Alaska's commercial cannabis brought in just under a million dollars in state tax revenue in October, according to a state official.
A total of $953,591 was paid by 66 marijuana growers in October, according to data from Kelly Mazzei, excise tax supervisor at the Alaska Department of Revenue tax division.
Once again, revenue continued a steady climb, increasing by about $200,000 from September.
October's numbers also complete the first full year of legal marijuana sales, during which cannabis generated $4,694,645 in state taxes. The state's first marijuana shops opened in late October 2016.
Under Alaska's law, growers pay the tax of $50 an ounce for bud and $15 an ounce for other parts of the plant, like leaves and stems.
Growers sold 1,004 pounds of bud and 626 pounds of trim wholesale in October, the data shows.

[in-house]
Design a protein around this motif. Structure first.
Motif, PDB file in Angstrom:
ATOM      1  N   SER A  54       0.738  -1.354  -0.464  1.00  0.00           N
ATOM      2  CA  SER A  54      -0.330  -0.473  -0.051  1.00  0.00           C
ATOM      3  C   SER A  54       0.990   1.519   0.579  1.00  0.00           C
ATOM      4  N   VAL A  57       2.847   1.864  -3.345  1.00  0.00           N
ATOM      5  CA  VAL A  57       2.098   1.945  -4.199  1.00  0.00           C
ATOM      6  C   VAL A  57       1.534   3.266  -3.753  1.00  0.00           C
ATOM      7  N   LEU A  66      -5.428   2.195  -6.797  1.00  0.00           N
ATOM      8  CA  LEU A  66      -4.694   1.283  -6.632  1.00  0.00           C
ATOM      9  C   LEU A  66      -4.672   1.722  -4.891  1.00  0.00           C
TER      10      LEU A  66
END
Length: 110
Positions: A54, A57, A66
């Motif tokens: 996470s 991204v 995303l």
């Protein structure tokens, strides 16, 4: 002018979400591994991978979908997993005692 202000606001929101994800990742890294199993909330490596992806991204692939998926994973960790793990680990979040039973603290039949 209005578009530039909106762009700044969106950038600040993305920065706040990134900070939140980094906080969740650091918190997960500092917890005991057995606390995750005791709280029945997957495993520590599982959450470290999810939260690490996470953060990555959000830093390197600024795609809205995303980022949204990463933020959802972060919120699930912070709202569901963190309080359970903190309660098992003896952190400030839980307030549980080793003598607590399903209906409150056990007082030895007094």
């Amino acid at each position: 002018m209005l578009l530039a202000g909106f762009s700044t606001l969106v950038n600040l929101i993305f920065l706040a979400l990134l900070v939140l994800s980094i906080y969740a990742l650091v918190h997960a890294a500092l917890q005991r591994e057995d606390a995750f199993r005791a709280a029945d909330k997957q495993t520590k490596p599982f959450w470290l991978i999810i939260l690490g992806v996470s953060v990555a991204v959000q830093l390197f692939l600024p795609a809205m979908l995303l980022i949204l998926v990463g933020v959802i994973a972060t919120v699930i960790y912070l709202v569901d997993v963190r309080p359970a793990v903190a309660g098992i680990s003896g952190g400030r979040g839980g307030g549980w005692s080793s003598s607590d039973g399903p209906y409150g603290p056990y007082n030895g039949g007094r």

Fairbanks had the most growers, with 14 paying taxes. In Anchorage, 10 cultivators paid taxes. North Pole, Soldotna, and Juneau each had four growers. The rest were scattered throughout Southcentral and Southeast Alaska.
The average tax payment was $14,448.
Many local governments have also put additional cannabis sales taxes in place.
Last year, the Alaska Legislature budgeted half of the cannabis tax to programs aimed at reducing repeat criminal offenders. The other half goes into the general fund.
Correction: An earlier version of this story misstated the time frame of the state's cannabis tax revenue data.